Avalanche claims life of ASPS member in India
Anthony Sudekum, MD, O'Fallon, Mo., died at the age of 63, on or around May 26, while attempting to climb Nanda Devi East – the second-tallest peak in the Indian Himalayan range. He was one of an international group of eight experienced mountaineers, led by renowned mountain climber Michael Moran of England, who led more than 40 Himalayan ascents. The group perished in an avalanche, although the remote nature of the area made it impossible to determine exactly when the avalanche struck.
Tony's practice was primarily in hand surgery. He was director of the Missouri Hand Center in O'Fallon, and he was president and director of Midwest Special Surgery, P.C. He was beloved by his staff and patients, and he was known as a wonderful teacher, an excellent surgeon, a mentor and a generous boss.
Dr. Sudekum concentrated on job-related injuries, as well as nerve-compression syndromes – although he was well-versed in all manner of reconstruction.
Dr. Sudekum graduated from the University of California-Berkeley with a B.A. in marine biology and earned a Masters in zoology at the University of Hawaii – which is where I met him, as a fellow graduate student studying the coral reef ecology of the northwest Hawaiian Islands. In Hawaii, his studies involved fieldwork with numerous SCUBA trips to remote islands where sharks were encountered daily. His Master's work involved large, predatory jacks – a fish that can weigh up to 180 pounds.
He earned his M.D. at the University of Missouri and then spent three years in a general surgery residency at Stanford (Calif.) Medical Center, where he developed an interest in limb surgery. He completed clinical and research fellowships in hand and microsurgery at Dartmouth Hitchcock Medical Center, and he completed his plastic surgery residency at Dartmouth. He later completed an additional hand and upper-extremity fellowship at Cleveland Clinic.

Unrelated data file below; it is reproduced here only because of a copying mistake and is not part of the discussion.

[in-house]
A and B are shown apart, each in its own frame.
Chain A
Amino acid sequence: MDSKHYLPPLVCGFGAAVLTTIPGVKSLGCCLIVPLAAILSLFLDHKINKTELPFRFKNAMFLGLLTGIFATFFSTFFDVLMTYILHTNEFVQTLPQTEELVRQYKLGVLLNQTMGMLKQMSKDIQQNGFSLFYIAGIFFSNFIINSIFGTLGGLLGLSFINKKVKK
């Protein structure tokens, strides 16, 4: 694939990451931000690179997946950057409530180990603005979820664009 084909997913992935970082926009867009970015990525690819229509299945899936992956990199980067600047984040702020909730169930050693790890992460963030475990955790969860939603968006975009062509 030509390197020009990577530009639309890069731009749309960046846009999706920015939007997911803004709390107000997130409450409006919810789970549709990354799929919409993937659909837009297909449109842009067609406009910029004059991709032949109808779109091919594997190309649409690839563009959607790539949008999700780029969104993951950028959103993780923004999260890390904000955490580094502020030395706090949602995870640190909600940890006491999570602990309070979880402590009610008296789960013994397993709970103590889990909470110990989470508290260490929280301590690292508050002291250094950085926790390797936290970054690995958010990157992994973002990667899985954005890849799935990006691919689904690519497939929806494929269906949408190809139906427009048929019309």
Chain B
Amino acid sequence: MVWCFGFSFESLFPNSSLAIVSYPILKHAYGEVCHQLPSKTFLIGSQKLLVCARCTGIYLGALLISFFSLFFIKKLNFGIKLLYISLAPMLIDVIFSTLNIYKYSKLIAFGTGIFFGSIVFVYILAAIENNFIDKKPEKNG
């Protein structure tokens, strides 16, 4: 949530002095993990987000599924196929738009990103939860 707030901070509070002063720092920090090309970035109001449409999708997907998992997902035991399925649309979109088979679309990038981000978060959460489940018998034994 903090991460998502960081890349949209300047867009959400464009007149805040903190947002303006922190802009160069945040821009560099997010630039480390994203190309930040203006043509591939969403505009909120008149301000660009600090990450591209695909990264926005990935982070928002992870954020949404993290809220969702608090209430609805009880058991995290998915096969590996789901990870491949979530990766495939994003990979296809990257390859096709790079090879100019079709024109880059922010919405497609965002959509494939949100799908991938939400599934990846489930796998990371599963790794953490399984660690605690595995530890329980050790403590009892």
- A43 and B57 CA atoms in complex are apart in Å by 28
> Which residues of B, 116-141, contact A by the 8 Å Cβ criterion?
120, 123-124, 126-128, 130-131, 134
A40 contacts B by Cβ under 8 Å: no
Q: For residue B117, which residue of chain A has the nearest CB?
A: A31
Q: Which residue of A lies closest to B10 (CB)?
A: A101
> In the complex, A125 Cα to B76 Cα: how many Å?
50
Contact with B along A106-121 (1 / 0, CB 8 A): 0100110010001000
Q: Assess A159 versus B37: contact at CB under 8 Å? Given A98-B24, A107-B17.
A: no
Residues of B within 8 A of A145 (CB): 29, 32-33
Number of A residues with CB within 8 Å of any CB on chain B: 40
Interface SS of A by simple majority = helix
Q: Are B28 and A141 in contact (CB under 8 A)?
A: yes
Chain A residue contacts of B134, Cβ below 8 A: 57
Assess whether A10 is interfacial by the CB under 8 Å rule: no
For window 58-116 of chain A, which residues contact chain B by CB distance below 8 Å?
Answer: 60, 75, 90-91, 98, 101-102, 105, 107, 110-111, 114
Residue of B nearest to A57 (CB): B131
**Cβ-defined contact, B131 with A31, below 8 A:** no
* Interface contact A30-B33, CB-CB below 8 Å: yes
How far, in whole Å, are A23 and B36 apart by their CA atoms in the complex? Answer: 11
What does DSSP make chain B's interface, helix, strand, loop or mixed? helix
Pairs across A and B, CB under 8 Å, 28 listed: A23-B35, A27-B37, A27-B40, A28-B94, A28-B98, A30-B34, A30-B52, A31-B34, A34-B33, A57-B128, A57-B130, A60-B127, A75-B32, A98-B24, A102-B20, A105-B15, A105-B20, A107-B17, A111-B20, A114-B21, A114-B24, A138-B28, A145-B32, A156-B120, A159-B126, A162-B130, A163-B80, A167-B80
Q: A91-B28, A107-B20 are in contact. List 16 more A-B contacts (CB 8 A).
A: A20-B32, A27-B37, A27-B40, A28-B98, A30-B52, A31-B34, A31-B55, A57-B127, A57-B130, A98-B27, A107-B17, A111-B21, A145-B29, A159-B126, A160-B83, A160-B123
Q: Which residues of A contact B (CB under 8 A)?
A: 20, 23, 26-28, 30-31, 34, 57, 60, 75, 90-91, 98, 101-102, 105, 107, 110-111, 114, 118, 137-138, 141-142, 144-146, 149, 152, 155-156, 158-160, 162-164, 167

Tony was dedicated to public service, having participated in medical mission trips to Nepal, Peru, Bolivia, Argentina, Bangladesh, Sri Lanka, India, Tanzania, Indonesia and Vietnam. He volunteered in more than 18 medical mission trips during his career.
Tony was an avid outdoorsman and athlete. His hobbies included SCUBA, surfing, snow- boarding, biking, yoga and trail running. His passion for mountain climbing led him to the world's highest peaks – many of which were scaled as side trips during his mission work. He was the medical officer for several mountaineering expeditions, including philanthropic-themed missions to raise awareness of child exploitation, and to raise funds for fresh-water drilling to underserved areas of Africa.
Tony is survived by three daughters and a son, ages 19-28, all of whom shared in his adventures – and he leaves a legacy of adventure, public service and excellent medical care to his patients.